More than a year after a New York City carriage horse named Ryder collapsed in Midtown, his driver Ian McKeever was arrested on animal abuse charges, Manhattan District Attorney Alvin Bragg said.
McKeever was arraigned in Manhattan Criminal Court on Wednesday and charged in a misdemeanor complaint with one count of overdriving, torturing and injuring animals, and failure to provide proper sustenance, according to the DA’s office. He pleaded not guilty, according to court records.
McKeever’s attorney did not immediately respond to a request for comment.
The complaint details Ryder’s last day as a carriage horse on Aug. 10, 2022, when he started work with McKeever at 9:30 a.m. Throughout the day, he was seen looking “very frail and thin,” and walking slowly while panting with his tongue hanging out of his mouth, according to the complaint.
“As alleged, Ryder should not have been working on this hot summer day,” Bragg said in a statement.
At around 5:10 p.m., Ryder collapsed in the middle of West 45th Street near Ninth Avenue, authorities said. According to the complaint, McKeever repeatedly tried forcing the horse to stand up by pulling on his reins, yelling and using his whip.
He also didn’t provide the horse any water, and left him with his harness on until a member of the NYPD eventually took it off, the complaint details. The police officer was also the one who put ice and cold water on Ryder until he was able to get back up, according to the complaint.
After the horse’s collapse, Pete Donohue, a spokesperson for Transport Workers Union Local 100 – the group that represents horse carriage drivers – told Gothamist the horse was suffering from equine protozoal myeloencephalitis, a neurological disease horses can contract from eating infected opossum droppings, and not heat exhaustion.
After the incident, Ryder was retired to a farm outside of the city. The city’s health department then accused the horse carriage’s owners of falsifying his age in veterinary records, from 26 to 13 years old. According to the criminal complaint, on top of old age, he suffered from a variety of significant health issues.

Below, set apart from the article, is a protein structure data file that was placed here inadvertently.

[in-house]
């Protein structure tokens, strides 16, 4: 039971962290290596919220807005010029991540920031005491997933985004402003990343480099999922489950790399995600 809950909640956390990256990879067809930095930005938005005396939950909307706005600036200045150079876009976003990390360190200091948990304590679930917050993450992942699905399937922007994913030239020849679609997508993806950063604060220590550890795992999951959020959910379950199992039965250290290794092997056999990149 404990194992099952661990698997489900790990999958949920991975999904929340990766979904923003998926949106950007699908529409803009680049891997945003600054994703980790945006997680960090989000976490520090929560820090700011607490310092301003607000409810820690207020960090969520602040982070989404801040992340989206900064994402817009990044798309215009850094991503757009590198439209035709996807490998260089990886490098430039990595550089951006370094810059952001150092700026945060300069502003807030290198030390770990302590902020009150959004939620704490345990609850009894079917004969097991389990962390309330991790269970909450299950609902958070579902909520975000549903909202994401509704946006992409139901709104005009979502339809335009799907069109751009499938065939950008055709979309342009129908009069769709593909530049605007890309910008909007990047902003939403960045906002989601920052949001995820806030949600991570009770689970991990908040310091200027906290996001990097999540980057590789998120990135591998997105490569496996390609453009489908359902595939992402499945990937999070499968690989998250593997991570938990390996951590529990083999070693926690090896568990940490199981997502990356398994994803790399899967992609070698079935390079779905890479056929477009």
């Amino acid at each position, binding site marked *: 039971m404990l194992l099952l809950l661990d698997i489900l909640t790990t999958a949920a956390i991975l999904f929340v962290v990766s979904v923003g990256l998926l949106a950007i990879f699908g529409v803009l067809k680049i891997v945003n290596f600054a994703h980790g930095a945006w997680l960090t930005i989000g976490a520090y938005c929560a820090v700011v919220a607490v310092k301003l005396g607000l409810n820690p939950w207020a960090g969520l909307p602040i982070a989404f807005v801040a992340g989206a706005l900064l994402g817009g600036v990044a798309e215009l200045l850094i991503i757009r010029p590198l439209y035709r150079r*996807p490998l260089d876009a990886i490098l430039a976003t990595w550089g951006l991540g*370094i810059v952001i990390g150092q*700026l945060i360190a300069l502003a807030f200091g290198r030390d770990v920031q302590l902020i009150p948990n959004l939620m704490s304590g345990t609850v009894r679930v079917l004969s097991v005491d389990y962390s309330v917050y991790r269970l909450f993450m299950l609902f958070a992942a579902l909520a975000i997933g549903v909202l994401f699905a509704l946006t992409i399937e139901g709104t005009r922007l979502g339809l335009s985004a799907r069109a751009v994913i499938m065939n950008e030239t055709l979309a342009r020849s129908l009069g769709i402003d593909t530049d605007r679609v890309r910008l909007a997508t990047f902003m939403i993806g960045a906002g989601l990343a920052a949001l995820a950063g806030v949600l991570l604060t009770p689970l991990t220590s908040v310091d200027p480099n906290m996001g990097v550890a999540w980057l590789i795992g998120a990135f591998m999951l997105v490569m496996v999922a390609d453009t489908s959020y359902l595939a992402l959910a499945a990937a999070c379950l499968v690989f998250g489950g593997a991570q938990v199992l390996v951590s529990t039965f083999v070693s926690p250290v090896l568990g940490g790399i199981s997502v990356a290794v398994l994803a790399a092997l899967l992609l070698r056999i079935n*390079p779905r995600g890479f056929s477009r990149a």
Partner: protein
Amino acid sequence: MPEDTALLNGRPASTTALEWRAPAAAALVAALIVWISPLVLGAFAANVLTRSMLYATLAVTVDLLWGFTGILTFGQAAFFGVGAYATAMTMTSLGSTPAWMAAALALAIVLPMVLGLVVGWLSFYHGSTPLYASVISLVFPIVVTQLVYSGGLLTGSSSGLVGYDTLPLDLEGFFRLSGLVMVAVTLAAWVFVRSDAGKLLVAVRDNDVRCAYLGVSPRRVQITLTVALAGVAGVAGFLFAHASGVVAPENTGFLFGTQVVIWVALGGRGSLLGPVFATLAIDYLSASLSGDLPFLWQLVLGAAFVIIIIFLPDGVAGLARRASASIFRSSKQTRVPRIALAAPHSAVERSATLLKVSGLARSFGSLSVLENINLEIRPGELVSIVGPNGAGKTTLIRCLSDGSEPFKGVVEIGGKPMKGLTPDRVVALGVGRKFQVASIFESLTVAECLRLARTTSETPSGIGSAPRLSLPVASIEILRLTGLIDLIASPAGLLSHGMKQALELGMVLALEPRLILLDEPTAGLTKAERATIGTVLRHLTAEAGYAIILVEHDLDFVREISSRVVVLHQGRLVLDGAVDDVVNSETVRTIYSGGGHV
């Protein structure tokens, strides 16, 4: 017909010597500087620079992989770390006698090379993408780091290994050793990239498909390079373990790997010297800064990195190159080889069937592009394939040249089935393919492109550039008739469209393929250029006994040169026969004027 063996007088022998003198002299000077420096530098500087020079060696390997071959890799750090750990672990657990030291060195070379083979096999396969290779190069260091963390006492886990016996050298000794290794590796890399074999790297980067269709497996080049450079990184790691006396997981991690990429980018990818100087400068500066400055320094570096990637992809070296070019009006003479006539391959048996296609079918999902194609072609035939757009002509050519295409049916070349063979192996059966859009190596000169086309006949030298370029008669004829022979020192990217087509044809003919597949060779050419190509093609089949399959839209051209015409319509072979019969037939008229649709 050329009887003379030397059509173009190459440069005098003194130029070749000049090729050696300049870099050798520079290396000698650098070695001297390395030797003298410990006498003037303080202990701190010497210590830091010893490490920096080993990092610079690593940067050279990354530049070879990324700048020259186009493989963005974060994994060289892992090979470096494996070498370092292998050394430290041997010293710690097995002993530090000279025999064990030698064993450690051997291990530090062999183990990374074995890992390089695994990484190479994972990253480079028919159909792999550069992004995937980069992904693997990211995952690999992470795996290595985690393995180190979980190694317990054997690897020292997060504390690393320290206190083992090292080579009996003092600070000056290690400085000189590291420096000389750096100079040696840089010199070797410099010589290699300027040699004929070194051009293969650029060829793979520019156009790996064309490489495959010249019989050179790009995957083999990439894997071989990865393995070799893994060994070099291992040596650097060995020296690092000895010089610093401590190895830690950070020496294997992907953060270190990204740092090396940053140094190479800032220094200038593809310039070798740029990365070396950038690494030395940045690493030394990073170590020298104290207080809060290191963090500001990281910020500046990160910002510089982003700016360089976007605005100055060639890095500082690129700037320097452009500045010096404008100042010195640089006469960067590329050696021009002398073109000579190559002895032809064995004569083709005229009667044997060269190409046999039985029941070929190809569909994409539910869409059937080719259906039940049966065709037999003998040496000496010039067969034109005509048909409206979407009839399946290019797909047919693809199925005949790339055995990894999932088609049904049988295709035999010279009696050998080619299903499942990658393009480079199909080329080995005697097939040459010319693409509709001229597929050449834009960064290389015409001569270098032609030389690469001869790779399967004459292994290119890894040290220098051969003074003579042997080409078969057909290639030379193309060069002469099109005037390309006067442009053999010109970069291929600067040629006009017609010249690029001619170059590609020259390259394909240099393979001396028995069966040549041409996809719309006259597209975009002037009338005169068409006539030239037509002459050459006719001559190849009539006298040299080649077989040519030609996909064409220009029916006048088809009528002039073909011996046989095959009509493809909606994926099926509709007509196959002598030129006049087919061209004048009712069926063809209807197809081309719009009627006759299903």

“Despite his condition, he was out for hours and worked to the point of collapse,” Bragg said in a statement. “All animals deserve to be treated with the utmost care and the type of abuse that Ryder allegedly suffered is unacceptable.”
Ryder was euthanized due to his poor medical condition in October of last year.
Ryder’s collapse made headlines and renewed calls from animal rights advocates to ban horse carriages in the city. On Wednesday, Edita Birnkrant, executive director of New Yorkers for Clean, Livable and Safe Streets – or NYCLASS – said she was grateful to see animal rights taken seriously, but one arrest, she added, doesn’t undo what she describes as an industrywide problem with abuse.
“Animal cruelty is not taken seriously. It is not a top priority, so it’s rare that these kind of charges are filed in any abuse case,” Birnkrant said. “We want there to be some kind of accountability and justice, but it’s not enough because this doesn’t begin and end with Ryder. There are so many horses out there right now suffering.”